In the first media gallery and associated activity, students learn about and analyze the Fugitive Slave Act of 1850, its effect on enslaved people, and how its passing into law impacted fugitive slave resettlement and the abolitionist movement in the United States.


"As a pivotal moment in U.S. history, the Civil War has been an anchor in our educational curriculum, and with the use of these resources for in-classroom use, students and educators alike can engage in a healthy exchange of ideas they can relate to,” said Alicia Levi, Vice President, PBS Education. “With the use of Good Stuff webisodes, in tandem with watching Mercy Street on air, PBS LearningMedia provides educators a new way to contextualize this subject in a more contemporary manner.” 

Episode highlights include:

News Media in Wartime – What if the Civil War were Tweeted? This episode looks at how the news media reports on wars by looking at modern-day war reporting, the techniques utilized and the problems that must be overcome. Much of today’s war reporting can be traced back to developments during the reporting of the Civil War. With expert John Powell, the Newseum’s exhibits writer, we learn that the Civil War was one of the first major conflicts extensively covered using contemporary reporting techniques and technologies.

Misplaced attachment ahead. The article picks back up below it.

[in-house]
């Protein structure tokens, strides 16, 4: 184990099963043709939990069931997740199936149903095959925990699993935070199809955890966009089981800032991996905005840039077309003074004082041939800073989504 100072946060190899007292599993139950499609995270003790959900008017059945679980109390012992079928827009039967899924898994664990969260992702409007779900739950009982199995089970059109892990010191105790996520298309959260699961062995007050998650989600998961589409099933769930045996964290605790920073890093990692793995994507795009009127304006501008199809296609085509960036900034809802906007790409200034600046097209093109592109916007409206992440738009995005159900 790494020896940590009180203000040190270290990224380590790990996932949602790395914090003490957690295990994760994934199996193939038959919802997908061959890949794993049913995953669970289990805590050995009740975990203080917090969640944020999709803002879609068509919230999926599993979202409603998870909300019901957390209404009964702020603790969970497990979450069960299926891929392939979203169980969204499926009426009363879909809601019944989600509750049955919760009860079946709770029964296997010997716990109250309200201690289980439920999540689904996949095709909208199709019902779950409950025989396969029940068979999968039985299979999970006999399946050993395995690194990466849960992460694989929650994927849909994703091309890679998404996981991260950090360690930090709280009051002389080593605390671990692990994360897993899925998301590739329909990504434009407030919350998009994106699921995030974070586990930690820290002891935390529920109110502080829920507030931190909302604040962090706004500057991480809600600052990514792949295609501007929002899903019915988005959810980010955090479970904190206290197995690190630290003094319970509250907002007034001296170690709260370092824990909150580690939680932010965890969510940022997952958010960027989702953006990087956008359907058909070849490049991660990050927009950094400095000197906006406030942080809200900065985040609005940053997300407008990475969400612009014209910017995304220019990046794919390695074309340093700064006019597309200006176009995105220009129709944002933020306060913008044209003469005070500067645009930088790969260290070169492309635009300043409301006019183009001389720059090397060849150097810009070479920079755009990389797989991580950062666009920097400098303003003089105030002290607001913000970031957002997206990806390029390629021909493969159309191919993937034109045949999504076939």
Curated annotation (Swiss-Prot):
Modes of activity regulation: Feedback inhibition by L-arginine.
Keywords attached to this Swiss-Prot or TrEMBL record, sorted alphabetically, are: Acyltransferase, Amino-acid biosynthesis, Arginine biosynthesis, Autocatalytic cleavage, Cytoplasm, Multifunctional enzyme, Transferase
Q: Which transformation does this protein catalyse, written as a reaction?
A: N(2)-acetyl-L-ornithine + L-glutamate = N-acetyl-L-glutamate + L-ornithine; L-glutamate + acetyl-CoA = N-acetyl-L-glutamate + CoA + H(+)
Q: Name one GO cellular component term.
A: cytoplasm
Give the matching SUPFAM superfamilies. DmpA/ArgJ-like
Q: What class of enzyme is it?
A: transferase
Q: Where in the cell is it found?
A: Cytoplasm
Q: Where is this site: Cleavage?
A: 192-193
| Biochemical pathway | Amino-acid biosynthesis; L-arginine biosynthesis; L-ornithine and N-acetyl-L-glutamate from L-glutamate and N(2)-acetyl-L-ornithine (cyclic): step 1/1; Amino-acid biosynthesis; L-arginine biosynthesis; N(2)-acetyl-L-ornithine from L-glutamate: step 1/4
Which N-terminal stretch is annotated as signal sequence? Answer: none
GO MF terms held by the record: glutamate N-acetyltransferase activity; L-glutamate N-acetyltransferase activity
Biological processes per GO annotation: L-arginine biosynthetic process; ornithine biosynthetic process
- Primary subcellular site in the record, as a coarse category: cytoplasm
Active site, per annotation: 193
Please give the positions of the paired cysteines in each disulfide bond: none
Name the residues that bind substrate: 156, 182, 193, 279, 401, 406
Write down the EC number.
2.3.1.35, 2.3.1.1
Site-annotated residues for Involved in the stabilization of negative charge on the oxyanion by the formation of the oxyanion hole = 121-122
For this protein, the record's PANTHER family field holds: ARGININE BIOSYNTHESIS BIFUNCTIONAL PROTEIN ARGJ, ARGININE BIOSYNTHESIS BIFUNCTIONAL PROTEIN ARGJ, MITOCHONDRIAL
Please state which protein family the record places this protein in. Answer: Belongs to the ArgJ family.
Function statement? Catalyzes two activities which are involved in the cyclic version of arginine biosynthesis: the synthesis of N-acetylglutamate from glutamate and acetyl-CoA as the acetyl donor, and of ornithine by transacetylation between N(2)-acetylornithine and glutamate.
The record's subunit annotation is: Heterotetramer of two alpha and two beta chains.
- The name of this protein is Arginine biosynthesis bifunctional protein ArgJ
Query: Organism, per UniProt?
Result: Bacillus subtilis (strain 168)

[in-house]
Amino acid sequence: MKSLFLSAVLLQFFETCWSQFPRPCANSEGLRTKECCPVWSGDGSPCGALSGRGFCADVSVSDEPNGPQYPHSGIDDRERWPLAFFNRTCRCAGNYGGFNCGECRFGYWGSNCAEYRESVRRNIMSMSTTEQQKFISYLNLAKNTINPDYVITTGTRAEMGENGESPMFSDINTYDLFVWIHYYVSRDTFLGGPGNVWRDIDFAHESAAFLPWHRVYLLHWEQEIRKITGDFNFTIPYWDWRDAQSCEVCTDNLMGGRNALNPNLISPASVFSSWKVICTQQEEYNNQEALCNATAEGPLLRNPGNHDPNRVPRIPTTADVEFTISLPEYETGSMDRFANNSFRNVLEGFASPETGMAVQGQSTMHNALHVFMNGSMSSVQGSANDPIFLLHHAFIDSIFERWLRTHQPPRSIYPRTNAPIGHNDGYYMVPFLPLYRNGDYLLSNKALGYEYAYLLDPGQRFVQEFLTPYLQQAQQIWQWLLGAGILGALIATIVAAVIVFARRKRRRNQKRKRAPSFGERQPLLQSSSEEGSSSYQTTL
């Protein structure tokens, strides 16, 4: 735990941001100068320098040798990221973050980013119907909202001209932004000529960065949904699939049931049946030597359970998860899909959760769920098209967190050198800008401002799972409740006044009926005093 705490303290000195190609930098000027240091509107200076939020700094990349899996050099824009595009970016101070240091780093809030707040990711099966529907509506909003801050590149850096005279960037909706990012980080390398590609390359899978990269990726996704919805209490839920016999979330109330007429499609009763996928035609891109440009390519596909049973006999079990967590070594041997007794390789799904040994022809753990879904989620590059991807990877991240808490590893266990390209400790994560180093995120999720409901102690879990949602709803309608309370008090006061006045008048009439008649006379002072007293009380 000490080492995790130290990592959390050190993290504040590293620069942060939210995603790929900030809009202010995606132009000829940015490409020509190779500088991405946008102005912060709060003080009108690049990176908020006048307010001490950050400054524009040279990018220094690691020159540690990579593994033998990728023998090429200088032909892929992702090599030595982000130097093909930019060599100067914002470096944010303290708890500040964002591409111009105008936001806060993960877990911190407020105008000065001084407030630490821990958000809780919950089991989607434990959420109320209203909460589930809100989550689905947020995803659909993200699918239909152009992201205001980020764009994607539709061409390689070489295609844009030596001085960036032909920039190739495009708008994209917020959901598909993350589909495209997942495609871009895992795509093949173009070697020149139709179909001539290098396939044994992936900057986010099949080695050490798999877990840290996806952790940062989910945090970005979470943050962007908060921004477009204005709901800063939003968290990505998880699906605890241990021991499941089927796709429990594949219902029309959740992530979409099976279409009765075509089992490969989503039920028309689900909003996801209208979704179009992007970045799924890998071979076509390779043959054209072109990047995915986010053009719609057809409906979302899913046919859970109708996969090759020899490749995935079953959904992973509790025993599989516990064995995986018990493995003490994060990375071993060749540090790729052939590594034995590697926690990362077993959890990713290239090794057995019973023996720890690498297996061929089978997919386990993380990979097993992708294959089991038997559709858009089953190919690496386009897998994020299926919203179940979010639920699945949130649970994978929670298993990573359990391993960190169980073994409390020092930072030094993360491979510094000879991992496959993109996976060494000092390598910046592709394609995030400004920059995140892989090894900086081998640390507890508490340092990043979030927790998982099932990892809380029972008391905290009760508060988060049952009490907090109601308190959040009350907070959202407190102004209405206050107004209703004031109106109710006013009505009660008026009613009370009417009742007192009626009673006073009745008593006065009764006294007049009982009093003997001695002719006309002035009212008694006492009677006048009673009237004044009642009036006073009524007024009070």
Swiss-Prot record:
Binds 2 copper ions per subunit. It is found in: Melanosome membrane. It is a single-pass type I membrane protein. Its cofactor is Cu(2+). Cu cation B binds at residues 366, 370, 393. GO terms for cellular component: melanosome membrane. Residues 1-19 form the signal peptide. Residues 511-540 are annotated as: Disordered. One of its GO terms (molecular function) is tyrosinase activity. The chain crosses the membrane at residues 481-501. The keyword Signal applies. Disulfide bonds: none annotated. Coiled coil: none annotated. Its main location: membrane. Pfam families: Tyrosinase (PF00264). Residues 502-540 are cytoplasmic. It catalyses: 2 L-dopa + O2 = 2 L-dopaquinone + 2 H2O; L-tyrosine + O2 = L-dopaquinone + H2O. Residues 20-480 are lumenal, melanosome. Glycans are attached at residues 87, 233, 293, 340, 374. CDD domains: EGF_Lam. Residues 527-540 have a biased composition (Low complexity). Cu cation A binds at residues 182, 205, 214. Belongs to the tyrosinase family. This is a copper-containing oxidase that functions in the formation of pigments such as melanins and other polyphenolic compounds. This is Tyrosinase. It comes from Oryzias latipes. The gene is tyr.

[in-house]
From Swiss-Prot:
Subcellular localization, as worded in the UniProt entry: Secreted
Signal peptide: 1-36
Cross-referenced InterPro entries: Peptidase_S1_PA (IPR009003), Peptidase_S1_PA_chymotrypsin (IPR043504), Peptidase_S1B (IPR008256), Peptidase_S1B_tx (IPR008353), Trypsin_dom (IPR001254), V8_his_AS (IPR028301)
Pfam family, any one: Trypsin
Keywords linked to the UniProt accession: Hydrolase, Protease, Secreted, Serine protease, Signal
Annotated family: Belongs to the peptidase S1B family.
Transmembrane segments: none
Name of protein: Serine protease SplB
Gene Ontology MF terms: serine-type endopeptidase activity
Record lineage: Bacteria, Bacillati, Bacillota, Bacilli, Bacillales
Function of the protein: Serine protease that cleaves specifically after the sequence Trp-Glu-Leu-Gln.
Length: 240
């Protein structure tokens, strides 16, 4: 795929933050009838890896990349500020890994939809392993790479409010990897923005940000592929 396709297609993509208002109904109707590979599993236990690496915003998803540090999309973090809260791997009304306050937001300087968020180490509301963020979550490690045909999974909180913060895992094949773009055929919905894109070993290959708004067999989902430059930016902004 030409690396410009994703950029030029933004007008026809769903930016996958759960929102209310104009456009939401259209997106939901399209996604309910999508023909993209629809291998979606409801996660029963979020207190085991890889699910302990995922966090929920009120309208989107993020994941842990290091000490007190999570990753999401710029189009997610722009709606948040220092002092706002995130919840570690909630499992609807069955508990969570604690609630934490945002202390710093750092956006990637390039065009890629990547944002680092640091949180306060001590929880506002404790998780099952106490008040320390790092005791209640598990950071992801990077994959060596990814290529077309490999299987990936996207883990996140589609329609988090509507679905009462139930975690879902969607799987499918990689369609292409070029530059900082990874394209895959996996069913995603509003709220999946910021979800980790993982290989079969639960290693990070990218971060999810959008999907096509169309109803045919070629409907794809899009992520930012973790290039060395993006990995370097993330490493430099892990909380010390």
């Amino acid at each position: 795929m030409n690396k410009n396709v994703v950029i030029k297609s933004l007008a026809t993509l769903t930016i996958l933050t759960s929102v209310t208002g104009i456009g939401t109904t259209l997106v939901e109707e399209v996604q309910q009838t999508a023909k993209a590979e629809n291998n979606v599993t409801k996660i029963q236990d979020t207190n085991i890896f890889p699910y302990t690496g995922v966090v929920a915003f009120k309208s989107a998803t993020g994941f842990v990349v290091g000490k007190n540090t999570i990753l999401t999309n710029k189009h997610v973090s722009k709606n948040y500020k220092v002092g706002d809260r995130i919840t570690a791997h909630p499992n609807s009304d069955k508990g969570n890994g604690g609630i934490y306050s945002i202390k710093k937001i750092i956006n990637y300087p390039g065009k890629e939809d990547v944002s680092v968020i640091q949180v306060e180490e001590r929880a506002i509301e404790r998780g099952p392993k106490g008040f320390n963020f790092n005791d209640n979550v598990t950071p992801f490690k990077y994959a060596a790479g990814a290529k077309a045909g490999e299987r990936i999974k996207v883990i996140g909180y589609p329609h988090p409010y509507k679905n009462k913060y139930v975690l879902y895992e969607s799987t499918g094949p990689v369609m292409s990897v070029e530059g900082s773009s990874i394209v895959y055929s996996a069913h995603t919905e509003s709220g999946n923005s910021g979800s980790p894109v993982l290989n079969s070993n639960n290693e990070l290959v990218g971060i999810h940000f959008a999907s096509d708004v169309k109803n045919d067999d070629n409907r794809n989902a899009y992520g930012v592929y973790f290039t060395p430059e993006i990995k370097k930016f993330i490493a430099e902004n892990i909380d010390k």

Confederate Iconography – A look at how the image of the Confederate flag has changed from the Civil War to the present day. Filmed at the American Civil War Museum in Richmond, Virginia.

Spying and Government Surveillance – An examination of the current ways that government uses surveillance to track its enemies and to spy on its own citizens, showing the parallels between the use of present-day surveillance strategies and techniques used to intercept telegraphs during the Civil War.

Innovations in Medical Technologies – A look at modern medicine and its ties to innovations made in the Civil War with a comparison of the modern experience of being treated medically to that of before and during the Civil War. The episode also looks at how advances made during the Civil War have endpoints in the medical practices of today.